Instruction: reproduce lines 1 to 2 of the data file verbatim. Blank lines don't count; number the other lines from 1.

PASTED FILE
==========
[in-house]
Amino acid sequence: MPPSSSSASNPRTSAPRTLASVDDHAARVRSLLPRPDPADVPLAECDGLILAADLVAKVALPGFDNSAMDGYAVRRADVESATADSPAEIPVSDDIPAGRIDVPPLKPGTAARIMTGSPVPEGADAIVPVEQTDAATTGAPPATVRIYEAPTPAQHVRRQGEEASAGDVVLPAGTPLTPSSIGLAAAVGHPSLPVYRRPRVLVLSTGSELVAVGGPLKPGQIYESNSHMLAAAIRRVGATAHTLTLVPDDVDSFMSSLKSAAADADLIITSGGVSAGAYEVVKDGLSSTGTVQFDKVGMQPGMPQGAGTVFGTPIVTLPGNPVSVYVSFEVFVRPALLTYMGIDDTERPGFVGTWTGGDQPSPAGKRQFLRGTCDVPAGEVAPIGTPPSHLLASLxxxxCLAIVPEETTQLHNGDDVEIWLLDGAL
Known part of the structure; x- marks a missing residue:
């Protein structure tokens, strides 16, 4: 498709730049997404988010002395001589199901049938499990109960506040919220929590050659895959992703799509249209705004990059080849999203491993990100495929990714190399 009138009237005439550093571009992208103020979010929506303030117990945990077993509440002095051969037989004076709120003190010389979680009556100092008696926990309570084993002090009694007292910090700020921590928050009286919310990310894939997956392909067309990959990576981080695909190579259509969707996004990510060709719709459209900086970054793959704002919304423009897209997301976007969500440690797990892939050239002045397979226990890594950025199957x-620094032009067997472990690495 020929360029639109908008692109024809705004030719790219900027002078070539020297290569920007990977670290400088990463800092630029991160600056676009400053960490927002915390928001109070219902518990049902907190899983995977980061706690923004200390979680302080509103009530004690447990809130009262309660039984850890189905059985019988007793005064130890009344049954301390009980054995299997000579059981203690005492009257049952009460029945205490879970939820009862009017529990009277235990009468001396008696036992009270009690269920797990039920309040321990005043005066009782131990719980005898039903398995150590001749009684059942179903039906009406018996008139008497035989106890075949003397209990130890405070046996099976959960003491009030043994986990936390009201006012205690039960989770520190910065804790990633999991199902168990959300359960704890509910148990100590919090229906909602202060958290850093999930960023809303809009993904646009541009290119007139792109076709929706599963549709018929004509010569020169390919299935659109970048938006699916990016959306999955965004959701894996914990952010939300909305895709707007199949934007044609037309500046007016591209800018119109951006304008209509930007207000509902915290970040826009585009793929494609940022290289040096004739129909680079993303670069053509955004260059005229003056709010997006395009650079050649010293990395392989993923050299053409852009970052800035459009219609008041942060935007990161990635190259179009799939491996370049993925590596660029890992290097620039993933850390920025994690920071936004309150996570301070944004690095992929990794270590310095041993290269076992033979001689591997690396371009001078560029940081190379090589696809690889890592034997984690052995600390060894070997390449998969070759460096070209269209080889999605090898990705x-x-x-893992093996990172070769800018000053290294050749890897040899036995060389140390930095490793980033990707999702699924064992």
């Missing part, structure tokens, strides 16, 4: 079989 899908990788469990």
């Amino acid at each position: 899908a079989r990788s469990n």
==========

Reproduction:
[in-house]
Amino acid sequence: MPPSSSSASNPRTSAPRTLASVDDHAARVRSLLPRPDPADVPLAECDGLILAADLVAKVALPGFDNSAMDGYAVRRADVESATADSPAEIPVSDDIPAGRIDVPPLKPGTAARIMTGSPVPEGADAIVPVEQTDAATTGAPPATVRIYEAPTPAQHVRRQGEEASAGDVVLPAGTPLTPSSIGLAAAVGHPSLPVYRRPRVLVLSTGSELVAVGGPLKPGQIYESNSHMLAAAIRRVGATAHTLTLVPDDVDSFMSSLKSAAADADLIITSGGVSAGAYEVVKDGLSSTGTVQFDKVGMQPGMPQGAGTVFGTPIVTLPGNPVSVYVSFEVFVRPALLTYMGIDDTERPGFVGTWTGGDQPSPAGKRQFLRGTCDVPAGEVAPIGTPPSHLLASLxxxxCLAIVPEETTQLHNGDDVEIWLLDGAL